Talkin' 'Bout Trek Generations

In the midst of my "ongoing mission" to watch all of my Star Trek DVDs in order of production, I had finished off The Next Generation, was in the third season of Deep Space Nine, and was apparently so focused on gearing up to start in on Voyager (yes, I've been interspersing them just like the series had originally overlapped), that I almost completely forgot about the 1994 feature film, Star Trek Generations. That surprised me, since I've always loved that movie, despite the fact that it served as a further reminder that my beloved crew's TV voyages were a thing of the past. I'll admit that my attachment to it may partly stem from the fact that there was nothing else to do in the podunk town I was living in at the time than to go see it at the theatre each weekend ... plus you might recall that I have something of a soft spot for movies that are not highly thought of by anyone else. Hey, Generations may not be a perfect movie, but it's a sentimental favorite of mine.

Why is Generations looked down upon so harshly? Okay, maybe it doesn't have as strong or choesive a story as most other Trek features, but it's not completely devoid of plot like some amateur critics (including the loudly opinionated woman at the Trek convention I went to shortly afterward) claim it to be. And perhaps the destruction of the Enterprise-D was none-too-gracefully shoved into the story, but in a way it did go along with the overall "love, loss, and mortality" theme of the film. But by far the biggest gripe about the movie, at least from old-school Trek fans, had to do with the way that Kirk died (or, depending on who you ask, the mere fact that he even died at all). They say he was treated shabbily and that his death wasn't heroic. "The man who beat the Kobayashi Maru and defeated the Gorn on Cestus III got killed by falling off a rickety old bridge!?!?!"

Maybe it's just the fact that I'm more a fan of TNG than TOS, but to me that sounds like plain old whining. First of all, forget the circumstance of a busted bridge being his undoing; the simple fact is that not everyone can have a graceful death. Secondly, anyone who says his death wasn't heroic obviously wasn't paying attention. Besides, in a way, Kirk "died" twice in the movie, each time heroic: at the beginning, he marched down into the bowels of the ship and put himself in harm's way to save the Enterprise-B and everyone on board; and at the end he gave his all to save not just the crew of the Enterprise-D, but all the 230 million inhabitants of a neighboring planet!! Not only that, but in between he opened up a can of whoop-ass on Soran in one of those good old-fashioned fistfights of his.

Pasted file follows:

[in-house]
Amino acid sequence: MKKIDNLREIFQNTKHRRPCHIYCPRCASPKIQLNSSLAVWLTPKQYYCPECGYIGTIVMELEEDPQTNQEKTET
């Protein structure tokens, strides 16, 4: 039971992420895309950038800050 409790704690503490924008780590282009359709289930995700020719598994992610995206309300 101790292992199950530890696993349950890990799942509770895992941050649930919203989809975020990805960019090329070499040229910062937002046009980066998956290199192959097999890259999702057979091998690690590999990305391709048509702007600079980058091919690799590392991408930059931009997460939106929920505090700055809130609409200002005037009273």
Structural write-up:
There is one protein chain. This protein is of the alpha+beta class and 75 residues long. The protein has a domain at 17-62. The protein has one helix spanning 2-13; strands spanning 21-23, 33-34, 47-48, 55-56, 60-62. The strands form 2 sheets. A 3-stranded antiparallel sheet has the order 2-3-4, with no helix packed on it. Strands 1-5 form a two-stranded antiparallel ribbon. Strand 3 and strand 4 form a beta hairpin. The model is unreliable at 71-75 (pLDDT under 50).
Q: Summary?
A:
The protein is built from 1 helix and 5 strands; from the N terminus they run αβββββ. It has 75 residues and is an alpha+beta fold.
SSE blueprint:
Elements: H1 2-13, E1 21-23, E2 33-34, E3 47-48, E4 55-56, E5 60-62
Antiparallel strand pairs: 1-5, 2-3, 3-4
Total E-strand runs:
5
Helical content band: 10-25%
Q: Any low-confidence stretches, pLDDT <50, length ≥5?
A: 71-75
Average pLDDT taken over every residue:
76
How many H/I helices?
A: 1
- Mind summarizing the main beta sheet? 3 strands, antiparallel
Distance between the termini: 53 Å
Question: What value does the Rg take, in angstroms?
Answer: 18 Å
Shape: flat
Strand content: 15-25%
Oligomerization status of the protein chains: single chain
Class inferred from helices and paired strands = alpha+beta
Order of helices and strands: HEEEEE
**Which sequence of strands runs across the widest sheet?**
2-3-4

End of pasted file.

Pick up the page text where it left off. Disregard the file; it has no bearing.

I could keep going on and on in defense of Star Trek Generations -- I also liked the humor in it, and the music was pretty good, too -- but I'll have mercy on you and stop here. But in "commemoration" of this movie, I thought I'd share with you one of the most curious pieces of Trek memorabilia in my collection, which just so happens to have been released in conjunction with that very movie. It was a promotional CD-single of a cute little techno-esque tune entitled "Make It So". A pen-pal from Central America sent me the music video on a VHS tape back in the day, and it was kind-of cool (how I wish it'd been included on this disc!), so I know it was popular down there, as well as in Europe, where the CD was produced. Its connection to Generations is questionable -- the music is a remix of the TNG theme rather than Dennis McCarthy's music from the movie, and the sample of Patrick Stewart saying "Make It So" isn't from the movie either -- but, nevertheless, it's a fun little ditty. Enjoy! (Click here for the song, and click the cover image below to enlarge it.)

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